Mexico suspends consul over statutory rape case

Mexican Federal Police officer stand guards in Ciudad Hidalgo, Chiapas state, Mexico. (AFP)
Updated 30 October 2019

Mexico suspends consul over statutory rape case

  • Estévez wrote the case was eventually stayed after the student’s parents accepted a payment for damages

MEXICO CITY: Mexico’s foreign relations department has suspended the appointment of a consul to Las Vegas after a statutory rape case surfaced accusing him of having a sexual relationship with one of his students.
Foreign Relations Secretary Marcelo Ebrard said via Twitter Tuesday he asked the department’s ethics committee to investigate the case after reading journalist Dolia Estévez’s report.
Estévez described a 2011 case in which Victor Barreras Castro, then 24, was accused of having sex with a 14-year-old student. The case included a statement from Barreras’ mother saying that her son told her he had done it.
Estévez wrote the case was eventually stayed after the student’s parents accepted a payment for damages.
Barreras was named consul in September. Previously, he led a policy and strategy unit at the security ministry.


Singapore baggage handler jailed for swapping luggage tags

Updated 12 November 2019

Singapore baggage handler jailed for swapping luggage tags

  • Bags belonged to passengers transiting through Changi and using Singapore Airlines and its regional wing SilkAir
  • Changi handled nearly 65.6 million passengers last year

SINGAPORE: A Singaporean baggage handler has been jailed for 20 days for swapping tags on nearly 300 suitcases at the city-state’s airport, causing them to end up at wrong destinations around the world.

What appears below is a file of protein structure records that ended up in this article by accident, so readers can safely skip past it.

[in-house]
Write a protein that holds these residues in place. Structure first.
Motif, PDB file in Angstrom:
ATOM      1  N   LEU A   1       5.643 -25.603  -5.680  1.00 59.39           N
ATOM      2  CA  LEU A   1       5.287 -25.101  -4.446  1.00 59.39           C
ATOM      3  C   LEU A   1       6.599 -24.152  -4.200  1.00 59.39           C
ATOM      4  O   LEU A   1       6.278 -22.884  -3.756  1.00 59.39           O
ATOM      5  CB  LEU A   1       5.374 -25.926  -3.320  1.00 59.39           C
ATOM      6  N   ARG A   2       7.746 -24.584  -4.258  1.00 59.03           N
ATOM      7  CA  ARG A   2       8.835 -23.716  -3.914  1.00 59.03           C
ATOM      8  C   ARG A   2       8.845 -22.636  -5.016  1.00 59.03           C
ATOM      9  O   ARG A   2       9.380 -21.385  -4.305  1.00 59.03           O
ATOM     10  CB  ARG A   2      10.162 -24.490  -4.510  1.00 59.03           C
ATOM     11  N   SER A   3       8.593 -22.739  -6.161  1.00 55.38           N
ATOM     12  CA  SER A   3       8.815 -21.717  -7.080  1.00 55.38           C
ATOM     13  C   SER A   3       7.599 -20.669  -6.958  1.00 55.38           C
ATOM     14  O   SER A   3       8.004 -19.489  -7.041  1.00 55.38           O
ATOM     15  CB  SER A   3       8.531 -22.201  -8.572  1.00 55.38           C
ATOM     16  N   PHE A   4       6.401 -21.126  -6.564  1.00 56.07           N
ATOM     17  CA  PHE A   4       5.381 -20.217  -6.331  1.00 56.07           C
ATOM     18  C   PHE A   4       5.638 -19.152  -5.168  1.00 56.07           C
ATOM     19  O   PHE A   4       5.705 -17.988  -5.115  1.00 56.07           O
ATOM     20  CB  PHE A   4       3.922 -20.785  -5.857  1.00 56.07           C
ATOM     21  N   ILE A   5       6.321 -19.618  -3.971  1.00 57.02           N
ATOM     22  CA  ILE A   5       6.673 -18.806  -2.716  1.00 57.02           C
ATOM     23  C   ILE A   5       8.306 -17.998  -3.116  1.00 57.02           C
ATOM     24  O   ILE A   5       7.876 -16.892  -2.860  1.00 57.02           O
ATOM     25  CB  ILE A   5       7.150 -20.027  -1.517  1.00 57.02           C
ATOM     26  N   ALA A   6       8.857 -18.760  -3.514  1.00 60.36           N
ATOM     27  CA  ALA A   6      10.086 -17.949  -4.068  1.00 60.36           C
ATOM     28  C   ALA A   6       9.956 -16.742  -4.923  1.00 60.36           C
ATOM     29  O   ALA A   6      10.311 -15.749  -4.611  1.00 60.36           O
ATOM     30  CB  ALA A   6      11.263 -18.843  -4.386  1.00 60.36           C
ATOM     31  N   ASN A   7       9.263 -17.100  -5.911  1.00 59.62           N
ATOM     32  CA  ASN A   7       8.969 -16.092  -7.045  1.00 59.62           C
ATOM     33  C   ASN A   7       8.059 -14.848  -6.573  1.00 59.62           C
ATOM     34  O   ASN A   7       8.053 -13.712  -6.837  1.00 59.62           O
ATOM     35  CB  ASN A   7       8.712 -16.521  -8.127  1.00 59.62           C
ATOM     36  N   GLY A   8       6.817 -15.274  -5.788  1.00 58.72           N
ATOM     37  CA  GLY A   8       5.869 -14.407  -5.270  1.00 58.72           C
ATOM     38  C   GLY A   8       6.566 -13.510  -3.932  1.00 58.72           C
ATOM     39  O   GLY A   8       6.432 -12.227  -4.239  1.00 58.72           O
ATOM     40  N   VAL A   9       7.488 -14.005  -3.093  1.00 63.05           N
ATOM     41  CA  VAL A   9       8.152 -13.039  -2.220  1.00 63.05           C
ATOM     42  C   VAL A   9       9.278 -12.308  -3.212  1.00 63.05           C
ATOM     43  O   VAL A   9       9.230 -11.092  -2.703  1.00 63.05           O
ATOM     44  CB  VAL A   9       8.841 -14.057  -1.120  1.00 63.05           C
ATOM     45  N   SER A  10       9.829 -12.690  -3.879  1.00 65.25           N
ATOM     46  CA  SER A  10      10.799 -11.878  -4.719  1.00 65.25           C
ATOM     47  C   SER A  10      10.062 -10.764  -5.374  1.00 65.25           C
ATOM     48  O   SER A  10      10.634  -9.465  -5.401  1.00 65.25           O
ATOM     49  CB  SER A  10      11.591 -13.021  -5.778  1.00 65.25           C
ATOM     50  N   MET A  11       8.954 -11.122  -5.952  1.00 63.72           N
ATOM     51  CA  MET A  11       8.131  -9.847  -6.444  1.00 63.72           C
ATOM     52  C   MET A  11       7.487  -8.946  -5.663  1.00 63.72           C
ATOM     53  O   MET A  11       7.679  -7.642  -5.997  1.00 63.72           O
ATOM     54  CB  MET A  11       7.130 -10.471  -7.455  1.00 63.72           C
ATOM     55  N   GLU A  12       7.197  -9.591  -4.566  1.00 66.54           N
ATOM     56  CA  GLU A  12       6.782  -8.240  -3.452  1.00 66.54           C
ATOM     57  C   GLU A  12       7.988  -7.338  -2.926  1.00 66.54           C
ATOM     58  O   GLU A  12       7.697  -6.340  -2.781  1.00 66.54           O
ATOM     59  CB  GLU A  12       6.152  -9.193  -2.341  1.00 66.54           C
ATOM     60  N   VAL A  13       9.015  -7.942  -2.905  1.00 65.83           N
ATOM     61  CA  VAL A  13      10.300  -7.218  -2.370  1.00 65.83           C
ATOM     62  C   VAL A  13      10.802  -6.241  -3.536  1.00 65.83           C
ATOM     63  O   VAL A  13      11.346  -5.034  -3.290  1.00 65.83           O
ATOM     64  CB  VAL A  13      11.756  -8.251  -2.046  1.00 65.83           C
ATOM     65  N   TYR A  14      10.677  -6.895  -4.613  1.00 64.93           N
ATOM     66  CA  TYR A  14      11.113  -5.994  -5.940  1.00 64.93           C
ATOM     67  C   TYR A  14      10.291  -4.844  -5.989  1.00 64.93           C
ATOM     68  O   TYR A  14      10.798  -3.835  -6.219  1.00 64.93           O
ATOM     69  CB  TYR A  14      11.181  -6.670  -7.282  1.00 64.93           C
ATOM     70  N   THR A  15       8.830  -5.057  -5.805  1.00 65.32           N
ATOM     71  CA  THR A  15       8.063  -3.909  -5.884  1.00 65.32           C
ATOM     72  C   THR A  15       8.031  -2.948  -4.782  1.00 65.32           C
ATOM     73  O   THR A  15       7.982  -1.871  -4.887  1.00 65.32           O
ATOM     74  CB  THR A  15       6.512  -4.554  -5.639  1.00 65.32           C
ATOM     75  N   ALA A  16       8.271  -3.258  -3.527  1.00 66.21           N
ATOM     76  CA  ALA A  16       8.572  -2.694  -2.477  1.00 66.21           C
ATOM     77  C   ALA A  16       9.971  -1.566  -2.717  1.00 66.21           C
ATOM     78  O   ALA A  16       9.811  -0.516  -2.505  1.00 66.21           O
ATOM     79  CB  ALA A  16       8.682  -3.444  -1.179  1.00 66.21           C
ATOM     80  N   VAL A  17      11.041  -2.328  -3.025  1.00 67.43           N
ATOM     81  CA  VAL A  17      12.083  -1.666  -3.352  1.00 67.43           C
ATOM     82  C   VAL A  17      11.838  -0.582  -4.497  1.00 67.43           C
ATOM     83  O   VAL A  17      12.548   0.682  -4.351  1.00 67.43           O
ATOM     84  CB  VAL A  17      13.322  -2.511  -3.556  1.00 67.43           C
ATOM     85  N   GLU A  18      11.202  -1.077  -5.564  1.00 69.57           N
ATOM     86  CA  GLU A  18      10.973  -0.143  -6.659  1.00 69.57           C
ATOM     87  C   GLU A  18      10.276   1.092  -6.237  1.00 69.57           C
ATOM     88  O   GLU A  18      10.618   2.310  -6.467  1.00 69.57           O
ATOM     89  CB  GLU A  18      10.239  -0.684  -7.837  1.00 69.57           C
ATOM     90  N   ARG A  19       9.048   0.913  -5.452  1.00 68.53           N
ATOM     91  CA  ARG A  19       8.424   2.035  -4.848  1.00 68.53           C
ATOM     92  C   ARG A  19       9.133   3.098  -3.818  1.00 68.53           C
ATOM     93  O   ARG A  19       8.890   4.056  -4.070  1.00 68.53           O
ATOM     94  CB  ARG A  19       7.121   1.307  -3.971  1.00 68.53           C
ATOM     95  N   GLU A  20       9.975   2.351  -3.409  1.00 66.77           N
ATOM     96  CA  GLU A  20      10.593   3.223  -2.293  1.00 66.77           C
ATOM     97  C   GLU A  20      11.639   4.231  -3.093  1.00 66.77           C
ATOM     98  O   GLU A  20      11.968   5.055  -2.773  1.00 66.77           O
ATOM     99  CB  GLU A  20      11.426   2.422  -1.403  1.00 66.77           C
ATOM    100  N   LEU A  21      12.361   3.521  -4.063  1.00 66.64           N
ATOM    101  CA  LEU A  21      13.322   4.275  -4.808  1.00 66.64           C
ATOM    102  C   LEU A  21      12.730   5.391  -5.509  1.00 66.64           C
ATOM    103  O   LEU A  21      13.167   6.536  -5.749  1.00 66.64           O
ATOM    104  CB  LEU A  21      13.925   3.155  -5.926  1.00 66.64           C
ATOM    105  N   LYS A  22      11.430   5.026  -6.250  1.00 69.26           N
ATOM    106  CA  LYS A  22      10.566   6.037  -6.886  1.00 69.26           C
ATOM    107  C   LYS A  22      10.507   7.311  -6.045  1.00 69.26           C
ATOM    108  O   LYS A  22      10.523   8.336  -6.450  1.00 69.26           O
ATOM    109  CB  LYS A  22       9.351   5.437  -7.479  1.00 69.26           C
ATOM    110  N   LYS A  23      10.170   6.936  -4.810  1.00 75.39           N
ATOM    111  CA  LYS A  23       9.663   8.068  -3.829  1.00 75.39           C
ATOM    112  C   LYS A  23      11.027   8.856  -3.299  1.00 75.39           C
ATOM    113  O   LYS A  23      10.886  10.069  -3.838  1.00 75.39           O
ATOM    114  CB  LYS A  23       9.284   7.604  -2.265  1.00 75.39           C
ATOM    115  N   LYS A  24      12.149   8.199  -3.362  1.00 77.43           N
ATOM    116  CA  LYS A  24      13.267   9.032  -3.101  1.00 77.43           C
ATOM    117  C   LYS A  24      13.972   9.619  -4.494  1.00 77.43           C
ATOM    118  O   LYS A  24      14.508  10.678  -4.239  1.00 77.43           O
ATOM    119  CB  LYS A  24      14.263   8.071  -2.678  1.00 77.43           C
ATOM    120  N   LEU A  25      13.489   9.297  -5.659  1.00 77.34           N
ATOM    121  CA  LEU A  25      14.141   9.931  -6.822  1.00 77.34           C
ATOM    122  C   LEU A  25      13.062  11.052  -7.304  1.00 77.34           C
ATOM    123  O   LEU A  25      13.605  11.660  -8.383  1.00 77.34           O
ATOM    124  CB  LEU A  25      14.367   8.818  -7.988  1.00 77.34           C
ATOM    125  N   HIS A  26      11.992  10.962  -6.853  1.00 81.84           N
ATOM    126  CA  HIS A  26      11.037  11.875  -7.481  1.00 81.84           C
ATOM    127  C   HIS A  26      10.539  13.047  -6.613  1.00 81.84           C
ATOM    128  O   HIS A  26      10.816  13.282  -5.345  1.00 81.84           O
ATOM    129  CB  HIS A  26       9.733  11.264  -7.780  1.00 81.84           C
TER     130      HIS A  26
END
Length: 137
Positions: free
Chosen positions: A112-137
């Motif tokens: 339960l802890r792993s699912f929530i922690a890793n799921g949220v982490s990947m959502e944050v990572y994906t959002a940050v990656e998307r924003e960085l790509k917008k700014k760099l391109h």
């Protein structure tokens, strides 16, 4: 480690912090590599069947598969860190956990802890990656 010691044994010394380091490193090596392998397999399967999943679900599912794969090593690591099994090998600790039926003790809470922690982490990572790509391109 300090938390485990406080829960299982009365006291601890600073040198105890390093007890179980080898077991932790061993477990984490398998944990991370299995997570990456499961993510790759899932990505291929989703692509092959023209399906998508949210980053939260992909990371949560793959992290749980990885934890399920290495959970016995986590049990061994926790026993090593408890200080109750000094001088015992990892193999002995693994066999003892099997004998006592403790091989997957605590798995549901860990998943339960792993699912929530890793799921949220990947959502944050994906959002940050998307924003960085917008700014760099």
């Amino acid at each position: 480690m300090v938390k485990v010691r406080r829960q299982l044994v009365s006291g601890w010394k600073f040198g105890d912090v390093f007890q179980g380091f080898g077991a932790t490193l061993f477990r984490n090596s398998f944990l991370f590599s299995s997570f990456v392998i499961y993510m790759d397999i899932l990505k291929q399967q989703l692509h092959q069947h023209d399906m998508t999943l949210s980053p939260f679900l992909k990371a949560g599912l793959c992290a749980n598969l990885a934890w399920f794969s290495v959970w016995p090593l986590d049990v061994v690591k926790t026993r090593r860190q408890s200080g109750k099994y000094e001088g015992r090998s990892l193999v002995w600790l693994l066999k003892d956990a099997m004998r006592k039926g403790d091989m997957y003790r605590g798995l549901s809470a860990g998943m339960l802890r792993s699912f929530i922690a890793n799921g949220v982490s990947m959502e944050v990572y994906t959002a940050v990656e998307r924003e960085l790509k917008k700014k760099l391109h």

Tay Boon Keh, 66, had pleaded guilty to charges of swapping the tags on 286 bags at Changi Airport, one of the world’s busiest hubs.
He made the swaps between November 2016 and February 2017 out of “frustration and anger” after his request for additional staff at his work section was ignored, a district court heard.
Suitcases originally bound for various parts of the world, including Perth, Manila, Frankfurt, London and San Francisco, were affected, according to court documents.
The bags belonged to passengers transiting through Changi and using Singapore Airlines and its regional wing SilkAir.
Tay was suffering from major depressive disorder when he committed the offenses, the court heard.
But state prosecutors said evidence presented at a hearing showed his condition “did not contribute significantly to his commission of the offenses” as he continued to have control over his actions.
Prosecutor Thiam Jia Min said the swapping could have caused “potentially, even serious or fatal, consequences” as some passengers could have been left without medications.
Changi handled nearly 65.6 million passengers last year.